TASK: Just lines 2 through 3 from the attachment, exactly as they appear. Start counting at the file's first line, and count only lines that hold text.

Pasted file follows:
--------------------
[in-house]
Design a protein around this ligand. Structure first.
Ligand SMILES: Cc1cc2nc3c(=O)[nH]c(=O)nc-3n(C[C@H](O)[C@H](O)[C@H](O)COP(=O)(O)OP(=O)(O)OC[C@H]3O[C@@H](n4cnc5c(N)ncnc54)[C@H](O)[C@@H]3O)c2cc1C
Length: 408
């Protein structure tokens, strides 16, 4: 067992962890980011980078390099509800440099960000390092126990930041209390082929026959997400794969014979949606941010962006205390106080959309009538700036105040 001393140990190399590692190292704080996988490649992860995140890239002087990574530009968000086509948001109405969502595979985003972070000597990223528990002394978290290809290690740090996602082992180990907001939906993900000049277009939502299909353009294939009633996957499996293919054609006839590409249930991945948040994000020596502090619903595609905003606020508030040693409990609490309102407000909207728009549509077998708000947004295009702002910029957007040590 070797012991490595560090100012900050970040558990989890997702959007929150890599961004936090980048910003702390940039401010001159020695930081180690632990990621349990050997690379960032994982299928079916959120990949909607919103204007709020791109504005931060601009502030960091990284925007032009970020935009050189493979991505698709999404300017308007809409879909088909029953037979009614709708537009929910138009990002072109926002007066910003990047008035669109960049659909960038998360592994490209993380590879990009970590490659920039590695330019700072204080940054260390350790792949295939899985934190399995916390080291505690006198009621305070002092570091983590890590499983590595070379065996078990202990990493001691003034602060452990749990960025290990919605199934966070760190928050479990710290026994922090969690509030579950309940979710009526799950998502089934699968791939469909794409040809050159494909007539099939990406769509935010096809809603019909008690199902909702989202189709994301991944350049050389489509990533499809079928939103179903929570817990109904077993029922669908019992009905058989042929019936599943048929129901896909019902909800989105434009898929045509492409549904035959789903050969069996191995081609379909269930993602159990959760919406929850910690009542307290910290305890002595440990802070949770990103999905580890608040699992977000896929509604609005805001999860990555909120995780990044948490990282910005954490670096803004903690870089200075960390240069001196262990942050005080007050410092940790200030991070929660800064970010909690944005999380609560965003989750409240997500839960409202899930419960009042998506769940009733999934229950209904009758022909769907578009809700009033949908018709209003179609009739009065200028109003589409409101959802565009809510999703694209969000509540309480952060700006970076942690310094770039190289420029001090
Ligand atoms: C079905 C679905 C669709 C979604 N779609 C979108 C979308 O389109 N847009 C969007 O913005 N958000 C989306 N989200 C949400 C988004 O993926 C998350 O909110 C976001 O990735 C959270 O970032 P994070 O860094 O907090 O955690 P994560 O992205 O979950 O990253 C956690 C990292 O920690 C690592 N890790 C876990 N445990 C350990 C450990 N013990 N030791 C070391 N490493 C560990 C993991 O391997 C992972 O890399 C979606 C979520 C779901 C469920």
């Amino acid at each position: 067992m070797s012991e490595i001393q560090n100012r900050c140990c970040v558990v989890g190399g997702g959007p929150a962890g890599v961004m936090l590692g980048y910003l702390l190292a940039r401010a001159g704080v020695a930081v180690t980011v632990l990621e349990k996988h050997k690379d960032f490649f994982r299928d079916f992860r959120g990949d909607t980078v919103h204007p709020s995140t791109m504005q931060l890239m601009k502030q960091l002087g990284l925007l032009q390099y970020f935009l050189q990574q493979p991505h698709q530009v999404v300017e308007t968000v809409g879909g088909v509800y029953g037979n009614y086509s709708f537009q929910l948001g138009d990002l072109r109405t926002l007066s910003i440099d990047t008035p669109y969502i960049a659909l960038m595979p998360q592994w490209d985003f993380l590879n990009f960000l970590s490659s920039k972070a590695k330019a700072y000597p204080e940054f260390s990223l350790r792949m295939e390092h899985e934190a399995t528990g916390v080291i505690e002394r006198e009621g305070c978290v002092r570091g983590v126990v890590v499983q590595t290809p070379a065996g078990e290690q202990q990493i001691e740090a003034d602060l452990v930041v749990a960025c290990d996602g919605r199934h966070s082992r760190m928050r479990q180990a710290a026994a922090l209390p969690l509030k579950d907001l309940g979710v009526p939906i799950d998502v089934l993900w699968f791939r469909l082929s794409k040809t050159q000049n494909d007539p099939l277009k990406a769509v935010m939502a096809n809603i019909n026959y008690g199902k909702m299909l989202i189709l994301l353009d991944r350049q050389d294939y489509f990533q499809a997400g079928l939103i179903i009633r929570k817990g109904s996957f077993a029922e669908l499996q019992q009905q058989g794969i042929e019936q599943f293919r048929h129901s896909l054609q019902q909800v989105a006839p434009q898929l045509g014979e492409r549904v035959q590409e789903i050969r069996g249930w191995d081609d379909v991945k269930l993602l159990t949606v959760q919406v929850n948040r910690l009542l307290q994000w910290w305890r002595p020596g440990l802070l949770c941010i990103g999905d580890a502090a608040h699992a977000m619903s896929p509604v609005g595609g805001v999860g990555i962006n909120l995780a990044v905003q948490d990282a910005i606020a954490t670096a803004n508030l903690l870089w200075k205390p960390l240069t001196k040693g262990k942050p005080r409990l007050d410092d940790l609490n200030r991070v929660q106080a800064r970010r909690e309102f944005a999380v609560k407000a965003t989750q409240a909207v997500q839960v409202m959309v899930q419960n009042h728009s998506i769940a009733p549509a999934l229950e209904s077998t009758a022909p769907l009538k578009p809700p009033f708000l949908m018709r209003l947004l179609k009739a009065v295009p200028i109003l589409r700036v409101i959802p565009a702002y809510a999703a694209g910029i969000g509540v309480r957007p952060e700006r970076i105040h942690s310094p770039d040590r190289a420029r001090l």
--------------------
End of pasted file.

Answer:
Design a protein around this ligand. Structure first.
Ligand SMILES: Cc1cc2nc3c(=O)[nH]c(=O)nc-3n(C[C@H](O)[C@H](O)[C@H](O)COP(=O)(O)OP(=O)(O)OC[C@H]3O[C@@H](n4cnc5c(N)ncnc54)[C@H](O)[C@@H]3O)c2cc1C